Once the problem is formulated mathematically, its solution is carried out through implementation of an optimization algorithm. Economic potential is maximized or cost is minimized (see App. A) in a structural and parameter optimization. Should an integer variable be optimized to zero, the corresponding feature is deleted from the structure and the structure is reduced in complexity. In effect, the discrete decision-making aspects of process design are replaced by a discrete/continuous optimization. Thus the initial structure in Fig. 1.7 is optimized to reduce the structure to the final design shown in Fig. 1.8. In Fig. 1.8, the membrane separator on the hydrogen feed has been removed by optimization, as have the isothermal reactor and many other features of the initial structure shown in Fig. 1.7.  [c.11]

Single reactions. In a single reaction such as Eq. (2.2) which produces a byproduct, there can be no influence on the relative amount of product and byproduct formed. Thus, with single reactions such as Eqs. (2.1) to (2.3), the goal is to minimize the reactor capital cost (which usually means minimizing reactor volume) for a given reactor conversion. Increasing the reactor conversion increases size and hence cost of the reactor but, as we shall see later.  [c.25]

If k-2 increases faster than kx, operate at low temperature (but beware of capital cost, since low temperature, although increasing selectivity, also increases reactor size). Here there is an economic tradeoff between decreasing byproduct formation and increasing capital cost.  [c.42]

The rate at which the catalyst is lost or degrades has a major influence on the design. If degradation is rapid, the catalyst needs to be regenerated or replaced on a continuous basis. In addition to the cost implications, there are also environmental implications, since the lost or degraded catalyst represents waste. While it is often possible to recover useful materials from degraded catalyst and to recycle those materials in the manufacture of new catalyst, this still inevitably creates waste, since the recovery of material can never be complete.  [c.49]

An initial guess for the reactor conversion is very difficult to make. A high conversion increases the concentration of monoethanolamine and increases the rates of the secondary reactions. As we shall see later, a low conversion has the effect of decreasing the reactor capital cost but increasing the capital cost of many other items of equipment in the flowsheet. Thus an initial value of 50 percent conversion is probably as good as a guess as can be made at this stage.  [c.51]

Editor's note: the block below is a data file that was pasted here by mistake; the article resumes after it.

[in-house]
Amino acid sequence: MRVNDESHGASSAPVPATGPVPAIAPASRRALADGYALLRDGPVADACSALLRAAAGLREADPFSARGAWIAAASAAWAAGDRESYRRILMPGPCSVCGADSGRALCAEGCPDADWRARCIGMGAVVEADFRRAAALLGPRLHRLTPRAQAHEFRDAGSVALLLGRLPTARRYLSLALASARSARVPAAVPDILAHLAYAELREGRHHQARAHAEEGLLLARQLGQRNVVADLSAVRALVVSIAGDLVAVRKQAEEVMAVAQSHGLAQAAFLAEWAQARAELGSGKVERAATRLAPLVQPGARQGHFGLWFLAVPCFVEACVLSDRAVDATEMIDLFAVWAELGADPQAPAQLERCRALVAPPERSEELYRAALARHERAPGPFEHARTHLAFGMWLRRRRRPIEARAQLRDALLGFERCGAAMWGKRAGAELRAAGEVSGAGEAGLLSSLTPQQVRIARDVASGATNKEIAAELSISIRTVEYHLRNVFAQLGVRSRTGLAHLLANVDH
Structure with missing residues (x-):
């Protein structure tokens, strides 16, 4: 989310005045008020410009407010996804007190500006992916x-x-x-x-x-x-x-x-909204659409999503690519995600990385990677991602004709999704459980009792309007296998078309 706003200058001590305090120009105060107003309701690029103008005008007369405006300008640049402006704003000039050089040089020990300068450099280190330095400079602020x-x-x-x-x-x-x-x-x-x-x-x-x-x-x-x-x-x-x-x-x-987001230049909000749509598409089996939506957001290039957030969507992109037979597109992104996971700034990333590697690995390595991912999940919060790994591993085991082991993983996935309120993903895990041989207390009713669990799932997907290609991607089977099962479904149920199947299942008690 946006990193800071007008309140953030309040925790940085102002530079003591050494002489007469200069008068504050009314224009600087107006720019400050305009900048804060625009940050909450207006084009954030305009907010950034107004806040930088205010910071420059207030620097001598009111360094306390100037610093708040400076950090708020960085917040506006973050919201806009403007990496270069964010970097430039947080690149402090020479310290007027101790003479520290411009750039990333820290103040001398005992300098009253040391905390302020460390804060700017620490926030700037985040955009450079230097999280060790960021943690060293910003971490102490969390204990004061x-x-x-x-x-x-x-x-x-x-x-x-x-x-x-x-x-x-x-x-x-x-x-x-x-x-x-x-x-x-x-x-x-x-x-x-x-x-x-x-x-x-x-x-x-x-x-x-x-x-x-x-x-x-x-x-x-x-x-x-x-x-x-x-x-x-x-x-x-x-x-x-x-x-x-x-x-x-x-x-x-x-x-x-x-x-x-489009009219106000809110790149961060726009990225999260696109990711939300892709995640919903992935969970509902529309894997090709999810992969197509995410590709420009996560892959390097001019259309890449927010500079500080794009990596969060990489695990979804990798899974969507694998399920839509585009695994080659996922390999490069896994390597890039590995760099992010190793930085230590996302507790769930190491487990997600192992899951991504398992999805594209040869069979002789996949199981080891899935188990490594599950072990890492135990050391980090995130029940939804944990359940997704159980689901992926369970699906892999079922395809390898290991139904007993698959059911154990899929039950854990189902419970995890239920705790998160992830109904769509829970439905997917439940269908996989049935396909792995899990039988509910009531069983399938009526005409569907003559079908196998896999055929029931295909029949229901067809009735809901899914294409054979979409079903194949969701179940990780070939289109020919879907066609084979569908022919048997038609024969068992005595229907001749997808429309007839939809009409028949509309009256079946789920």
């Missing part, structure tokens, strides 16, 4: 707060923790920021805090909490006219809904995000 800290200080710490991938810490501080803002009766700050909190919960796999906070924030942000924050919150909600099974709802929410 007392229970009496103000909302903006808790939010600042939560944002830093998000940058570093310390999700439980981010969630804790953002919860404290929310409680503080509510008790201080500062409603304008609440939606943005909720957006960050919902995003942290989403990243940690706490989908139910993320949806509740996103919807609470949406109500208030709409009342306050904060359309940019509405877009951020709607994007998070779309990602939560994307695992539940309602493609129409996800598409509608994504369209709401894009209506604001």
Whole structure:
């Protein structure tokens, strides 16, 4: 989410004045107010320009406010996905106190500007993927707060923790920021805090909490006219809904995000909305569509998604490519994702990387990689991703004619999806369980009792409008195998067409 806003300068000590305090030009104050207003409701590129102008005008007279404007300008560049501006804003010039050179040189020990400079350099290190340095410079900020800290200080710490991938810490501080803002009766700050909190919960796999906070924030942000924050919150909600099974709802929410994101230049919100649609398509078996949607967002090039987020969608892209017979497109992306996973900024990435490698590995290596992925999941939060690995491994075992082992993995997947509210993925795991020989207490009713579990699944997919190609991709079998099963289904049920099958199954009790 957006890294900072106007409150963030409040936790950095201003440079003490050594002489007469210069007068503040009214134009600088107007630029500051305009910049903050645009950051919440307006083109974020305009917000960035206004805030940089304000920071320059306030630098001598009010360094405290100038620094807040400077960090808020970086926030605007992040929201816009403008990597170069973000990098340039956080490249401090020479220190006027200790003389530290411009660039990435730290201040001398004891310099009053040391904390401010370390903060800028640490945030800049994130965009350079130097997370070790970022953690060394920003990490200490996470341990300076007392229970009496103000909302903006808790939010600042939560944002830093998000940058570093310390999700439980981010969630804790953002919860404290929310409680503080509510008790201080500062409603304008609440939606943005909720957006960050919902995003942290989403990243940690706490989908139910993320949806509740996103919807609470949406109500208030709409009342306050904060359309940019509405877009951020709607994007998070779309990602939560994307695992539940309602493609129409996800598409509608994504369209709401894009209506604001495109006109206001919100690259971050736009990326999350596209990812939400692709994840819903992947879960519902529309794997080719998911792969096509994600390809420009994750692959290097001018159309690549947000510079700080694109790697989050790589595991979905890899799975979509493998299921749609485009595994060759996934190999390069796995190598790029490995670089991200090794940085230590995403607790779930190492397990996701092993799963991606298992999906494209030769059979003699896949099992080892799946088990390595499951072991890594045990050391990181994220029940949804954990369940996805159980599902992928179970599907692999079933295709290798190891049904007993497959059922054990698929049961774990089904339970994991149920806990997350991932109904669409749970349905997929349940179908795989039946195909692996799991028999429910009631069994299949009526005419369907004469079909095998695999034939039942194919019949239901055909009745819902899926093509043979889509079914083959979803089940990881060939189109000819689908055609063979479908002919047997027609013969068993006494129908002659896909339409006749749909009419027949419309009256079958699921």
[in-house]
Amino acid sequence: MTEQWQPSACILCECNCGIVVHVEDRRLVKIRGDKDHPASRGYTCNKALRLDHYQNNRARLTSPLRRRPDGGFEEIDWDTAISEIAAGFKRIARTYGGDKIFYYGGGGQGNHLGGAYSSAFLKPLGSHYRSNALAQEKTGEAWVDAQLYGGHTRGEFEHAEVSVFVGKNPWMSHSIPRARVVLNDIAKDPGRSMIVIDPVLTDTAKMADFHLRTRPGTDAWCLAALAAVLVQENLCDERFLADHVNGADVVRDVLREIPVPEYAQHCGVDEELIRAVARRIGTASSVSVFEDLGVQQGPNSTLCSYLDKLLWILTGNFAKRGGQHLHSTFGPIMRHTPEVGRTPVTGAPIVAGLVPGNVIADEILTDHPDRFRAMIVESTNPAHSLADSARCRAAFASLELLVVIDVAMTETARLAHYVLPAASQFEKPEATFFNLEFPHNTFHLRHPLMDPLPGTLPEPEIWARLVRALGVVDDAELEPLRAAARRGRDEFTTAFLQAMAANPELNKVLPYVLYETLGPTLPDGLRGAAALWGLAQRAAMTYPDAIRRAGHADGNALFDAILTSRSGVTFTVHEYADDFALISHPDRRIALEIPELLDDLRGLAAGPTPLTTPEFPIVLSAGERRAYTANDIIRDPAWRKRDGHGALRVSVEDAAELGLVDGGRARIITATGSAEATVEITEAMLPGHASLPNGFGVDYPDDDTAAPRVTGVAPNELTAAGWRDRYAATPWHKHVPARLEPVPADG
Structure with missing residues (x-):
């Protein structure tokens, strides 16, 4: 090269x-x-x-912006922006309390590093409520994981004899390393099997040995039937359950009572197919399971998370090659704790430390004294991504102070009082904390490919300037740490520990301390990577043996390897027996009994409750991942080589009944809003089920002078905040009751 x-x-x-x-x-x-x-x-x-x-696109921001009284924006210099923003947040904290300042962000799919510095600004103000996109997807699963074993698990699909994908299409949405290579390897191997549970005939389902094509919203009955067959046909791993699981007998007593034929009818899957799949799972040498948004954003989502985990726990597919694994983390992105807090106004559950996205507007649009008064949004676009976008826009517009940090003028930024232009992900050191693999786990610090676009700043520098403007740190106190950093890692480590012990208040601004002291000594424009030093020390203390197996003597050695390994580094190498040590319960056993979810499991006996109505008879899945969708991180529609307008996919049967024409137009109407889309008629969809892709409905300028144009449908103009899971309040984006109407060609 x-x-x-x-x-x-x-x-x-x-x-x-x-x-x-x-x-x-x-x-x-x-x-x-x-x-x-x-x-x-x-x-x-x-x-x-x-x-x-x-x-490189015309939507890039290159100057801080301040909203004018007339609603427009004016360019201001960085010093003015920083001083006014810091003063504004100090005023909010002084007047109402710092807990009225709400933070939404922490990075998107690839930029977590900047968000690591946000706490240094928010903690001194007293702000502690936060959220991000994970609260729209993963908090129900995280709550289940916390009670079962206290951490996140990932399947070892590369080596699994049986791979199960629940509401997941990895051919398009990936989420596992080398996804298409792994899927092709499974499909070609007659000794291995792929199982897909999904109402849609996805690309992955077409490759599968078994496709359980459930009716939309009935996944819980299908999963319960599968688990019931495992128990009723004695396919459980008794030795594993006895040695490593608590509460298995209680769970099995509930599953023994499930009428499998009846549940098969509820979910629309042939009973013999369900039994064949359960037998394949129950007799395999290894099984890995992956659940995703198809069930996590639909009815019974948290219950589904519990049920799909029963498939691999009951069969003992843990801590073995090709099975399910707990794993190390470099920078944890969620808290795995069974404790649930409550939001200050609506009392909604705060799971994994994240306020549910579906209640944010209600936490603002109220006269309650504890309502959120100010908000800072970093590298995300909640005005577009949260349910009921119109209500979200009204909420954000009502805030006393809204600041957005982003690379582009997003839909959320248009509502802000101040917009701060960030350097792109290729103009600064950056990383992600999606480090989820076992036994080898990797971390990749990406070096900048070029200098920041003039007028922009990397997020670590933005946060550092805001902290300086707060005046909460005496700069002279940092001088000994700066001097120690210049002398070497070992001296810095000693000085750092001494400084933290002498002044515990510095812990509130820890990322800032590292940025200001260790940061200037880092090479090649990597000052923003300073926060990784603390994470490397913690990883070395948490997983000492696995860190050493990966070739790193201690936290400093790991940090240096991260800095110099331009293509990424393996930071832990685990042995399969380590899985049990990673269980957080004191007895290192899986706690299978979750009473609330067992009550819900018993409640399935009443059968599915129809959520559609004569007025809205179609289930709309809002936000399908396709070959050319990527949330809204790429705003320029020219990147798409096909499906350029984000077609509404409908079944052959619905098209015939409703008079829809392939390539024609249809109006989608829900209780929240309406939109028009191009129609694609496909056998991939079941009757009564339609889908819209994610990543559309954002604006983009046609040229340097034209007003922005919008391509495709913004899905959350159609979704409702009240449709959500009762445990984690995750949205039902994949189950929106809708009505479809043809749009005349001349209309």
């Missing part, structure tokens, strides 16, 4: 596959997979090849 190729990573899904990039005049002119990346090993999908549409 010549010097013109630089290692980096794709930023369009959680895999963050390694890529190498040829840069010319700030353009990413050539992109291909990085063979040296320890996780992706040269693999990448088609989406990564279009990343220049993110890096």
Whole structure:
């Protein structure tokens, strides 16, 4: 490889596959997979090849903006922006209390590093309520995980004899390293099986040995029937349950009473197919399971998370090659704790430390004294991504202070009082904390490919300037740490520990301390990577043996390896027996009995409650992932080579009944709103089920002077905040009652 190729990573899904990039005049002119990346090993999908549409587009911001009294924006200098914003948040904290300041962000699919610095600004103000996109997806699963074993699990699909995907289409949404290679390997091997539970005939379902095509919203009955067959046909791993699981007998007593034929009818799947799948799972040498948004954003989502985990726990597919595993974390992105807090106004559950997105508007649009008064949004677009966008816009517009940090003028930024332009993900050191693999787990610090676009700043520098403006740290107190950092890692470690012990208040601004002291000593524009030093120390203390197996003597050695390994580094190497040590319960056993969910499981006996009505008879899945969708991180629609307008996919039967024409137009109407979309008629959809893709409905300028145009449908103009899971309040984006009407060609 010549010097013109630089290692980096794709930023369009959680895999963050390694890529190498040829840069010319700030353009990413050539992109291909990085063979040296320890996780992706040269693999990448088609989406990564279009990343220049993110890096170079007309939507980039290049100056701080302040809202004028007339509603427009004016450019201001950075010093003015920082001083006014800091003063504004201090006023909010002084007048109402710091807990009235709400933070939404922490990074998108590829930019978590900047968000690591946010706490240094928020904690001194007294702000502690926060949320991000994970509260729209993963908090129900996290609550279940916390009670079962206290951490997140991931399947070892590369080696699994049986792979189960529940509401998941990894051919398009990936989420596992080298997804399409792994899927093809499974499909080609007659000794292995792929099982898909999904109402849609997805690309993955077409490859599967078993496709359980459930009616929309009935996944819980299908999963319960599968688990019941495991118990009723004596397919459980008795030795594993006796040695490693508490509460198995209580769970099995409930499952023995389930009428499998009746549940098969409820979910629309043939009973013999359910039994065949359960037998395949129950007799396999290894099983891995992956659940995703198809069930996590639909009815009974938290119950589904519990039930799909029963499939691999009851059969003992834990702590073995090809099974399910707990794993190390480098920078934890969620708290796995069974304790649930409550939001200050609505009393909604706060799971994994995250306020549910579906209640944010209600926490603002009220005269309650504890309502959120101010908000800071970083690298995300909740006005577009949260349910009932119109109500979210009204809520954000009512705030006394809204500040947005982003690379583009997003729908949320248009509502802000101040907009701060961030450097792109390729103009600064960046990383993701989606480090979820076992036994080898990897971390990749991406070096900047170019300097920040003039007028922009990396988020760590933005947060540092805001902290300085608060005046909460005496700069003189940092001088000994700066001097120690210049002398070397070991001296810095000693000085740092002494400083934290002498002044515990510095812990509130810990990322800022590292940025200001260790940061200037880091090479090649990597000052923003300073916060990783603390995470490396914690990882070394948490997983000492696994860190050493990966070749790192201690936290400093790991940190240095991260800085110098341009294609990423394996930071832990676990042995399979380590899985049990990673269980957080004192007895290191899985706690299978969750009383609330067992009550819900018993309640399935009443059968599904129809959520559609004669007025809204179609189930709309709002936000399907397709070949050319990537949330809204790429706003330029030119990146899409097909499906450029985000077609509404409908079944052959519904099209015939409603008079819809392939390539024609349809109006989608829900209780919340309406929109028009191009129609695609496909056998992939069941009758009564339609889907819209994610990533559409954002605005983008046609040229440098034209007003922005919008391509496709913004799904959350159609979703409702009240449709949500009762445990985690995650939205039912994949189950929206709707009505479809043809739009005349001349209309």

Even though choices of separators must be made at this stage in the design, it must be borne in mind that the assessment of separation processes ideally should be done in the context of the total system. As is discussed later, separators which use an input of heat to carry out the separation often can be run at effectively zero energy cost if they are appropriately heat integrated with the rest of the process. This includes the three most common types of separators, i.e., distillation columns, evaporators, and dryers. Although they are energy intensive, they also can be energy efficient in terms of the overall process if they are properly heat integrated (see Chaps. 14 and 15).  [c.76]

Both vacuum operation and the use of refrigeration incur capital and operating cost penalties and increase the complexity of the design. They should be avoided if possible. For a first pass through  [c.76]

Another variable that needs to be set for distillation is refiux ratio. For a stand-alone distillation column, there is a capital-energy tradeoff, as illustrated in Fig. 3.7. As the refiux ratio is increased from its minimum, the capital cost decreases initially as the number of plates reduces from infinity, but the utility costs increase as more reboiling and condensation are required (see Fig. 3.7). If the capital  [c.77]

When separating azeotropic mixtures, if possible, changes in the azeotropic composition with pressure should be exploited rather than using an extraneous mass-separating agent. When using an extraneous mass-separating agent, there are inevitably losses from the process. Even if these losses are not significant in terms of the cost of the material, they create environmental problems somewhere later in the design. As discussed in detail in Chap. 10, the best way to solve effluent problems is to deal with them at the source. The best way to solve the effluent problems caused by loss of the extraneous mass-separating agent is to eliminate it from the design. However, clearly in many instances practical difficulties and excessive cost might force its use. Occasionally, a component that already exists in the process can be used as the entrainer or solvent, thus avoiding the introduction of extraneous materials for azeotropic and extractive distillation.  [c.83]